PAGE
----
What Successful People Do With The First Hour Of Their Work Day Remember when you used to have a period at the beginning of every day to think about your schedule, catch up with friends, maybe knock out a few tasks? It was called home room, and it went away after high school. But many successful people schedule themselves a kind of grown-up home room every day. The first hour of the workday goes a bit differently for Craig Newmark of Craigslist, David Karp of Tumblr, motivational speaker Tony Robbins, career writer (and Fast Company blogger) Brian Tracy, and others, and they’ll tell you it makes a big difference. Don’t Check Your Email for the First Hour. Tumblr founder David Karp will "try hard" not to check his email until 9:30 or 10 a.m., according to an Inc. profile of him. Not all of us can roll into the office whenever our Vespa happens to get us there, but most of us with jobs that don’t require constant on-call awareness can trade e-mail for organization and single-focus work. Gain Awareness, Be Grateful Choose Your Frog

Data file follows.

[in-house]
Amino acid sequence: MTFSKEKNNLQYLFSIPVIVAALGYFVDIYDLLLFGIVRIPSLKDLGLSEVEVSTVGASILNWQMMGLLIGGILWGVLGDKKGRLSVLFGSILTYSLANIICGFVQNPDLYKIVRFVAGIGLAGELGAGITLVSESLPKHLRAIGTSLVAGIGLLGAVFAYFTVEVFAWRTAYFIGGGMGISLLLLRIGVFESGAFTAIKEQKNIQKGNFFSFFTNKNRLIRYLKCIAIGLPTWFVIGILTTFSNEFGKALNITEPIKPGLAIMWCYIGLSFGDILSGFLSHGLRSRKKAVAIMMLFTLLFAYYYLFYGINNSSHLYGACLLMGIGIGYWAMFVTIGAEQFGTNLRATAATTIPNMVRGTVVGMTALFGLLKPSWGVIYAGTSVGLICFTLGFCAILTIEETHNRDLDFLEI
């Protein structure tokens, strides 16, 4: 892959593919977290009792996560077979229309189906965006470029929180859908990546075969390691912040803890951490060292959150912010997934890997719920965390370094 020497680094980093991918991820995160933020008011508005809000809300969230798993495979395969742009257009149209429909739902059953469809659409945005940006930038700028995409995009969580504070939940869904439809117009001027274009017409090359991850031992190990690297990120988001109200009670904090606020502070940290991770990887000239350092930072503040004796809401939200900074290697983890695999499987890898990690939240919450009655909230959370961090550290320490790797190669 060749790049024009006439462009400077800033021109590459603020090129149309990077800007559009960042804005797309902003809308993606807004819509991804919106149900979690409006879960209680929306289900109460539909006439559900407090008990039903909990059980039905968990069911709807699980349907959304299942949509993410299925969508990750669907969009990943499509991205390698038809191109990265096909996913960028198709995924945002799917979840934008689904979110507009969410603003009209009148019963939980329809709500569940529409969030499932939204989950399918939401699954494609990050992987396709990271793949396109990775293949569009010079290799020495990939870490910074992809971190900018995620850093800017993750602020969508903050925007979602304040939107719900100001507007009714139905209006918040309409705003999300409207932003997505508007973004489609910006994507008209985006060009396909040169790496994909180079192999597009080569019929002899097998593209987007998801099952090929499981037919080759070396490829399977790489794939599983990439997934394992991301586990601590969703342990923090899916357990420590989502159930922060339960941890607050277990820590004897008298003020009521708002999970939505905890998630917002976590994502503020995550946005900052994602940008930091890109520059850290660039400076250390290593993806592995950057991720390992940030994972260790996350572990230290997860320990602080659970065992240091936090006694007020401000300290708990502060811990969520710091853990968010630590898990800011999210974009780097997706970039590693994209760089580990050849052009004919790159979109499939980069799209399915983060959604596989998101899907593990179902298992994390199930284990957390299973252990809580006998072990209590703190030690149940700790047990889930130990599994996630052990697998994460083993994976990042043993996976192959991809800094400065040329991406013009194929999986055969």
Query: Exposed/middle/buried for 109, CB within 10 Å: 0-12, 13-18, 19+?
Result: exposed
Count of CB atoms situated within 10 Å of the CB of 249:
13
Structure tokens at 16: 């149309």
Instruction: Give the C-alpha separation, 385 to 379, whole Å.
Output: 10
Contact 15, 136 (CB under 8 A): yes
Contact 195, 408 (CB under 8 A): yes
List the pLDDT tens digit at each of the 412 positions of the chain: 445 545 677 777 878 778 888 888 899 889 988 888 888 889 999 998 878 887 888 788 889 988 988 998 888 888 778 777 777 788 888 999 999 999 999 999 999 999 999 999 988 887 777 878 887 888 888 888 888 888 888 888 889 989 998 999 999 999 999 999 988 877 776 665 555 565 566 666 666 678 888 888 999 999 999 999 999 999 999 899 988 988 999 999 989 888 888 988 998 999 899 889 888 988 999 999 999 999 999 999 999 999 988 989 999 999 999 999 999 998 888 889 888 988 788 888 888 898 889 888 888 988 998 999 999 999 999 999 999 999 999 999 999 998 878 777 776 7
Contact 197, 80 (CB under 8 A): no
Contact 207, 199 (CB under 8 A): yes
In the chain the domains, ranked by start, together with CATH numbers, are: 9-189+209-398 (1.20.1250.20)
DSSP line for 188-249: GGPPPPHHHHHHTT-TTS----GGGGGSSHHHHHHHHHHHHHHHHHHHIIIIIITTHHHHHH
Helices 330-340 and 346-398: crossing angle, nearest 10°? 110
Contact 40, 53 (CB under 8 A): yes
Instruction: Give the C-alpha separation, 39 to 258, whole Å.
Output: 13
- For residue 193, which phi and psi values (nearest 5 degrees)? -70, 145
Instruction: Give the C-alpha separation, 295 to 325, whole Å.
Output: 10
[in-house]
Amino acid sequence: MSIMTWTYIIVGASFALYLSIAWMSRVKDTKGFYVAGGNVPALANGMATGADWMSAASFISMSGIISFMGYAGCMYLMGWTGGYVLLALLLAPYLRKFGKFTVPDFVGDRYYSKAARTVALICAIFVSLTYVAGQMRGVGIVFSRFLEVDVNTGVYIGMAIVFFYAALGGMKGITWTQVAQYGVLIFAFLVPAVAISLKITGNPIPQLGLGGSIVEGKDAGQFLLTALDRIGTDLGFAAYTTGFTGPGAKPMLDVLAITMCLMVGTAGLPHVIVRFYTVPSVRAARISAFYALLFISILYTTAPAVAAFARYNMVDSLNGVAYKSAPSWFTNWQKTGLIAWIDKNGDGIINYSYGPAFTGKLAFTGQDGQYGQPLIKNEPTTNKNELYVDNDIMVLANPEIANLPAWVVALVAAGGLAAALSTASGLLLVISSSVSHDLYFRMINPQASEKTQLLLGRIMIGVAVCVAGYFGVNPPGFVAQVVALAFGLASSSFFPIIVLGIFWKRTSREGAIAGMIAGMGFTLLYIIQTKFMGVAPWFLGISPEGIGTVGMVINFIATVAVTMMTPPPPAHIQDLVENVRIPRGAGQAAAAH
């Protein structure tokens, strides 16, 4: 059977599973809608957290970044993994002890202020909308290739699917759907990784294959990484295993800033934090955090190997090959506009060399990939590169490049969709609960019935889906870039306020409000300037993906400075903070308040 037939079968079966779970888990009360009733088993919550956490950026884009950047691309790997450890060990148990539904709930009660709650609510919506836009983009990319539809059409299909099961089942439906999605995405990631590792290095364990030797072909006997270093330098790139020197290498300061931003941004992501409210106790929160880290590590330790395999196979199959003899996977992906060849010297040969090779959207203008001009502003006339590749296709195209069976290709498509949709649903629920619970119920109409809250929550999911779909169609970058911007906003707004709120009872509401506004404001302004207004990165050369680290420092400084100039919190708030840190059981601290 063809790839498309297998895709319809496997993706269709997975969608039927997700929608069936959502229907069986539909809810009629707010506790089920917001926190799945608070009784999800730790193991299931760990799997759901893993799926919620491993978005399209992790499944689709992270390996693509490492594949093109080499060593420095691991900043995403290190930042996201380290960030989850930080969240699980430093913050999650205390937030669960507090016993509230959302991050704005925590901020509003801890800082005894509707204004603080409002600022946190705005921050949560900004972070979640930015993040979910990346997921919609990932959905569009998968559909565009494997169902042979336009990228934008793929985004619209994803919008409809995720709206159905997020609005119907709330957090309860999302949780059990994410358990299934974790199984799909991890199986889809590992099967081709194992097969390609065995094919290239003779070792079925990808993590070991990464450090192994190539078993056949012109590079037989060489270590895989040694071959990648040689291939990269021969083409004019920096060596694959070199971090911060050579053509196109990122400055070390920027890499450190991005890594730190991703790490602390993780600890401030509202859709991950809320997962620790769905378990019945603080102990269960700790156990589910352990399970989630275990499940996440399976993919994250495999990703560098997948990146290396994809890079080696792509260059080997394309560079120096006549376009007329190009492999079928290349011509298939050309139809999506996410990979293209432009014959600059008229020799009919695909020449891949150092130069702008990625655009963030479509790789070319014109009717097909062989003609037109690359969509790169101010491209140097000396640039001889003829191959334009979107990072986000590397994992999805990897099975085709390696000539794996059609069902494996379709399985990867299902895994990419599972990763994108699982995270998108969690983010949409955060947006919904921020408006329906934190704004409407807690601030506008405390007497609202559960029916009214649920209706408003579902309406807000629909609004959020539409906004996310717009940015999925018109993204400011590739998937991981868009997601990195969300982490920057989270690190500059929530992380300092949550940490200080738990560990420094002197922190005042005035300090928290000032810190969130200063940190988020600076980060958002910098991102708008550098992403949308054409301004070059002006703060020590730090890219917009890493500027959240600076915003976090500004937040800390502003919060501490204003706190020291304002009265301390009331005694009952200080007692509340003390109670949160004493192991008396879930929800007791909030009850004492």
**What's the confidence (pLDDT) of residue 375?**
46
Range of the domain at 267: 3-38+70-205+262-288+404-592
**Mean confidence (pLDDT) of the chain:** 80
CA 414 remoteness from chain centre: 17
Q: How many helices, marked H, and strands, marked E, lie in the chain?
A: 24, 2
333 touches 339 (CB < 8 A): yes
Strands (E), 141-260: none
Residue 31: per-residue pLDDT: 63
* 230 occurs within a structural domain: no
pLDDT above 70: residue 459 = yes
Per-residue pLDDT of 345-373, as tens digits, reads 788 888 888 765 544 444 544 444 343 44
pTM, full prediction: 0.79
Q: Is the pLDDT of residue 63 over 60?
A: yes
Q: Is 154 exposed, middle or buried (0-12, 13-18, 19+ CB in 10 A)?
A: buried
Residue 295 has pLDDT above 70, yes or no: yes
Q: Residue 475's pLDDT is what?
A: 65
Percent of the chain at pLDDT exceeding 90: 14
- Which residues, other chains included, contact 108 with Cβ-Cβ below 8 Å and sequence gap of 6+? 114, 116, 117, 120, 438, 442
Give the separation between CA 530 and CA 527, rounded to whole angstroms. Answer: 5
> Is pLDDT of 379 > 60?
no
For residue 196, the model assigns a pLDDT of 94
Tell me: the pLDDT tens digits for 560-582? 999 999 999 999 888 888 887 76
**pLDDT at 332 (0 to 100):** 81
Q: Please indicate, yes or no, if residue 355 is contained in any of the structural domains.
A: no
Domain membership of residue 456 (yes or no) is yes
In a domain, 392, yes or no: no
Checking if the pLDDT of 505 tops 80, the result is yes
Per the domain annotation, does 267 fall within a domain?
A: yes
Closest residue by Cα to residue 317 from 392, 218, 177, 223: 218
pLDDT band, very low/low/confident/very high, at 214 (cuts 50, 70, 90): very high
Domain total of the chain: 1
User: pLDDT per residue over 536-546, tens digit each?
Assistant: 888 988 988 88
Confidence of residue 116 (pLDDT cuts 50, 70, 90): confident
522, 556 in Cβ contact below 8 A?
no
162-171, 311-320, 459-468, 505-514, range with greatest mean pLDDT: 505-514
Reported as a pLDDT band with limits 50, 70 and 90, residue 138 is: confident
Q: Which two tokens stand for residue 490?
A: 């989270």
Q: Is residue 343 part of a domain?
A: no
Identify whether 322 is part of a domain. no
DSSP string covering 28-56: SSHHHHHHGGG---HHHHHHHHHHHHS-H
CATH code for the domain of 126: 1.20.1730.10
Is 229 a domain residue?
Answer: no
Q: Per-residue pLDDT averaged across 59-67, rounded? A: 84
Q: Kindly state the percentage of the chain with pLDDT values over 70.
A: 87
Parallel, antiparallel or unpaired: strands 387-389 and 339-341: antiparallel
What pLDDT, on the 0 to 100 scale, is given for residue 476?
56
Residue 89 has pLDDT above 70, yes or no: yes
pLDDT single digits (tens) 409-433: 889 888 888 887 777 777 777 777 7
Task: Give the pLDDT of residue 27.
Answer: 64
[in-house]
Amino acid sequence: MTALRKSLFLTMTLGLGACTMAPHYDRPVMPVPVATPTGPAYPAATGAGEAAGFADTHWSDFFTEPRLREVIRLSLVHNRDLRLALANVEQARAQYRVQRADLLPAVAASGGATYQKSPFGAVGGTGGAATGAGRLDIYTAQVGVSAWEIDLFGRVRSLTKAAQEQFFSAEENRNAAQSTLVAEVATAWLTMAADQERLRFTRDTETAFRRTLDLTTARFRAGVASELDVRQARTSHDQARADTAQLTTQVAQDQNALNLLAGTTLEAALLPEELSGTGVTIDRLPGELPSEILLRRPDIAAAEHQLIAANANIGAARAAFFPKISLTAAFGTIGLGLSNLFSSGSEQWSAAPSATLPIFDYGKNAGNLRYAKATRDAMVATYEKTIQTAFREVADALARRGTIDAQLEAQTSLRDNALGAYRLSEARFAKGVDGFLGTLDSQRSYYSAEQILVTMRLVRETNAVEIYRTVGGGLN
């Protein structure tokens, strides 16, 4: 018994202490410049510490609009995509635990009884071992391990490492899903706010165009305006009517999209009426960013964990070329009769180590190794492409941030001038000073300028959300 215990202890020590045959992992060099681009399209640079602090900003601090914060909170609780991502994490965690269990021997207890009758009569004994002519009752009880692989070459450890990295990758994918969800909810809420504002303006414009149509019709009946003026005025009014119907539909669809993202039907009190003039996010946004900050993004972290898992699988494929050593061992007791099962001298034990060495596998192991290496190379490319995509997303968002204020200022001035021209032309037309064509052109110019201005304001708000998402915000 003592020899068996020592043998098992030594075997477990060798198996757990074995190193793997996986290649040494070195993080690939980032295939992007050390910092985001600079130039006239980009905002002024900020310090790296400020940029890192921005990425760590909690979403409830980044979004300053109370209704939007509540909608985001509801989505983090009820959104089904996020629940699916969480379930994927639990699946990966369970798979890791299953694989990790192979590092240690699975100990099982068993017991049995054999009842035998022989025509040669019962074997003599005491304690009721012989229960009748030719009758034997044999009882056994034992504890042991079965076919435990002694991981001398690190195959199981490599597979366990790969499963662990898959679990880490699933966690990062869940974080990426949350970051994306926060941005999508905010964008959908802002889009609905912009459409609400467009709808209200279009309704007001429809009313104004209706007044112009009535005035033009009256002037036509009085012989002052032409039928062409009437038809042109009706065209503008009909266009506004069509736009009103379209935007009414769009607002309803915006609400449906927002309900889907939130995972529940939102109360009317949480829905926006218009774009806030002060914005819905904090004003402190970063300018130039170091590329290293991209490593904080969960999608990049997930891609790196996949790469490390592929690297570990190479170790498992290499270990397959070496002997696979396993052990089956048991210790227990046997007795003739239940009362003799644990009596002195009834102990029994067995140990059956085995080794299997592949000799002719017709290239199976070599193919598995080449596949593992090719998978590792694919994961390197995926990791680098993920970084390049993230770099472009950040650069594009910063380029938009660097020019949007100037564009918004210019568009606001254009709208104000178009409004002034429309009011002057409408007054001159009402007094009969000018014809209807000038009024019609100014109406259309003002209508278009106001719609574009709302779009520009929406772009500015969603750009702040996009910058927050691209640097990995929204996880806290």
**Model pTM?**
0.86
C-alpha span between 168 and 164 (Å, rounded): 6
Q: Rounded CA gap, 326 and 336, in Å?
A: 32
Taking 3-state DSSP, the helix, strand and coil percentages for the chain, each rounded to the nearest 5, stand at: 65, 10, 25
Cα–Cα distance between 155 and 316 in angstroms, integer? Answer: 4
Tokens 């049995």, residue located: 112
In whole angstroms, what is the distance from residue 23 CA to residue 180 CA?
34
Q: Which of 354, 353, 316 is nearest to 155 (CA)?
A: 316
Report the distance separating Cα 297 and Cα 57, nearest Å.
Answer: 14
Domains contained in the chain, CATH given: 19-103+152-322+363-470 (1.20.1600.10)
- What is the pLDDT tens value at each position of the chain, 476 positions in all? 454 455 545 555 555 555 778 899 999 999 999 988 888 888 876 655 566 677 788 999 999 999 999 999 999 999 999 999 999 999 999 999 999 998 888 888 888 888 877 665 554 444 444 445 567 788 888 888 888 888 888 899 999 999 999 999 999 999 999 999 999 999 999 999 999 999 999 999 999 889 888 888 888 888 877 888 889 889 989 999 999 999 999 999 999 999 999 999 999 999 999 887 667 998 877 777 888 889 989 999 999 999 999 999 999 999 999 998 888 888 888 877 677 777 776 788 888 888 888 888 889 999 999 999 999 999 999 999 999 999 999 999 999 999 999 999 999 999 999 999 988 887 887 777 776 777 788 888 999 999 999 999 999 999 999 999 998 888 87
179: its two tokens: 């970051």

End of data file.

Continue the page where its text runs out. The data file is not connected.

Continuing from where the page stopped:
How I Turn Vague Ideas Into Tangible Goals Consider using the following mantra to generate Ideas: (From the website www.mindtools.com) S-ubstitute C-ombine A-dapt M-odify P-ut to other use - like using staples on a electronic breadboard instead of Jumpers. E-radicate Simply take out part of the factors. R-everse Put the idea on it's head. Another way to generate ideas is to list all factors influencing your improvement in a spreadsheet along the x and y axis and then work through the matrix evaluating each combination. Remember most innovation is in increments, not the flash of insight that changes everyone's world. Who What When Where How Why to help formulate the problem as a single question. What You Want to Do Is Who You Are Lovely post. I completely agree with it. Having undergone a recent tumultous personal loss that has put all housework on my shoulders apart from my office work, the todo lists are keeping me sane and on track. I have prepared a todo list for home and another for office. The todo for home consists of all important things to do such as bill payments, but also things that would be good to do, such as get a new mattress to replace the old one. Similarly, the todo for office consists of important tasks such as complete the pending report development (I am in IT), to improve on a specific skill. I may not be able to keep the list updated (though I try) everyday, atleast I have a clear understanding of the tasks that are pending. On another note - Lifehacker is my most favorite site and I visit it everyday. - Shailesh